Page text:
David Westerfield

Gospel. Culture. Technology. Music.

Tag: OpenVPN

Securing Traffic with OpenVPN on Your iPhone or iPad

I’ve been looking at a solution for this for quite some time. Until recently, the only way to make this work was to jailbreak your phone and use GuizmOVPN or some other type of app, which of course voids your warranty. But then along came OpenVPN Connect, an app for the iPhone and the iPad that is extremely simplistic to use (well, relatively speaking for OpenVPN). It works just like any other client side setup for OpenVPN, only you move the certs and config files over through iTunes File Sharing (which is probably the more secure way to do this transaction). This is an absolutely amazing way to secure your traffic to and from an OpenVPN server, from wherever you are, using 3g/4g or Wi-Fi.

  1. Download the OpenVPN Connect app from iTunes on to your iPhone or iPad.
  2. Take a sample client.ovpn file and modify it with your particular settings to connect to your OpenVPN server. Make sure and set the cert and key names to exactly what you’ll be copying over, otherwise it won’t reference the proper files from within the config.
  3. Get your client.crt, client.key, ca.crt, ta.key, and client.ovpn files ready for moving over to your phone. (these file names are just examples)

    certs

  4. Open iTunes with your phone or device connected.
  5. Select the device on the left-hand side.

    device_itunes 

  6. Click the Apps tab at the top.

    apps_itunes

  7. Scroll down to the File Sharing section, select OpenVPN and drag n’ drop your five files (should be five at least) into the OpenVPN Documents window. Once they are moved over, go ahead and do a sync just to make sure everything is good.

    itunes

As long as everything was setup correctly in the client.ovpn file and your certs are all good, you should be able to open your app and add it as a new profile. Once the the new profile is added in the app, you should be able to connect.

ovpn_connect

Note: As an aside, if you want to secure all your traffic to and from the OpenVPN server, make sure and set this parameter before you upload the client.ovpn file: redirect-gateway def1

The downside? It eats battery life like crazy. That all may depend on your encryption level and key size though. 😉 In addition, each time you want to edit the client.ovpn, you have to edit it locally on your computer and re-upload it. But considering the alternative (no VPN, PPTP, or jailbreaking your phone), this is an excellent app.

OpenVPN Sharing a TCP Port with SSL on NGINX and Apache?

I’m absolutely baffled there isn’t more information out there about this. It seems like web managers and techs would be all over this, but there’s barely any information out there on this. I had a hard time finding documentation on OpenVPN’s site itself!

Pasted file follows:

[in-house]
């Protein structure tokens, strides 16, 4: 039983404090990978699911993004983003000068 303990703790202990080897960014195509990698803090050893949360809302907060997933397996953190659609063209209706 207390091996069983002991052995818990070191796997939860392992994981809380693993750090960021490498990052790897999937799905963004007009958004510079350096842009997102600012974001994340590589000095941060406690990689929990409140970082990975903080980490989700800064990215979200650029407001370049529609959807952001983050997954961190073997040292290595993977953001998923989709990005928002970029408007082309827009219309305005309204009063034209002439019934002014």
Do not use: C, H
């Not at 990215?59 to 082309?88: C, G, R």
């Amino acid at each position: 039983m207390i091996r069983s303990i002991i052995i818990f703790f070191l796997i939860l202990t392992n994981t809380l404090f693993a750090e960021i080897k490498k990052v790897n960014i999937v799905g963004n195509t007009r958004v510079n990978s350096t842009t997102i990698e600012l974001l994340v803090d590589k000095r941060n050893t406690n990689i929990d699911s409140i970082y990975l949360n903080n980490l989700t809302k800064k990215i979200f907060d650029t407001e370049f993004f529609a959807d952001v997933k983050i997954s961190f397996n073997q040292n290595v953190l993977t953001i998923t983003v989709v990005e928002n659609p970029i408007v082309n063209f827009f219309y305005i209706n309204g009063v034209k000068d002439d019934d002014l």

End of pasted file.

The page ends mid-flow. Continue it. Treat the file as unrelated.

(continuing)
As one guy stated here (the post where I finally understood how this works) it’s not really “sharing” the port per se, but OpenVPN is deciphering between HTTP/S traffic and OpenVPN traffic and then forwarding web traffic over to another port, defined below. That’s crucial to understand.

Before I start, I want to note this doesn’t have to be done on an SSL port, as I understand it. I’m just using that as an example because it seems to be the most logical way to make it work if this is your configuration (you know, an SSL VPN going to an SSL port).

It should also be noted in this configuration example that OpenVPN, using the port-share parameter, is actually doing the listening on TCP port 443 and acting as a proxy itself that forwards non-OpenVPN traffic to the NGINX SSL port which we’ll layout below. You cannot do this utilizing UDP, that I know of.

So here’s what you do.

1) Set your NGINX or Apache listening ports. Set your NGINX standard http port 80 and SSL listening port to something OTHER than 443 … so, for arguments’ sake, let’s set it to 4443.

So it would look like this for Apache and NGINX:

For Apache, in the main httpd.conf (Windows) or in ports.conf (Ubuntu/Linux):

Listen 4443

For NGINX, in /etc/nginx/sites-available/defaults:

server {
        listen   4443;

        location / {
                root  /web/etc/blah;
        }
}

Once implemented, restart your respective service, Apache or NGINX.

2) Next, you’re going to set your OpenVPN server parameters. Set your listening port to 443 from its standard 1194 and add the port-share parameter to point to the Apache or NGINX port created above. The config should look as follows now:

port 443
port-share 127.0.0.1 4443
proto tcp

OpenVPN will now be ready to accept connections over 443 and route the appropriate https/SSL traffic to Apache or NGINX.

3) Change your firewall settings. Leave your TCP port 80 rule pointing directly to Apache or NGINX. Then point your SSL rule to TCP port 443 running on your OpenVPN server. OpenVPN will now catch the traffic directed at it and decipher between OpenVPN traffic and HTTPS traffic.

4) Change the configuration in your OpenVPN clients. Point your OpenVPN clients to TCP port 443 instead of the port you were using before:

remote domain.name.com 443

or

remote [IP ADDRESS] 443

Hope it works. Cheers!

Powered by WordPress & Theme by Anders Norén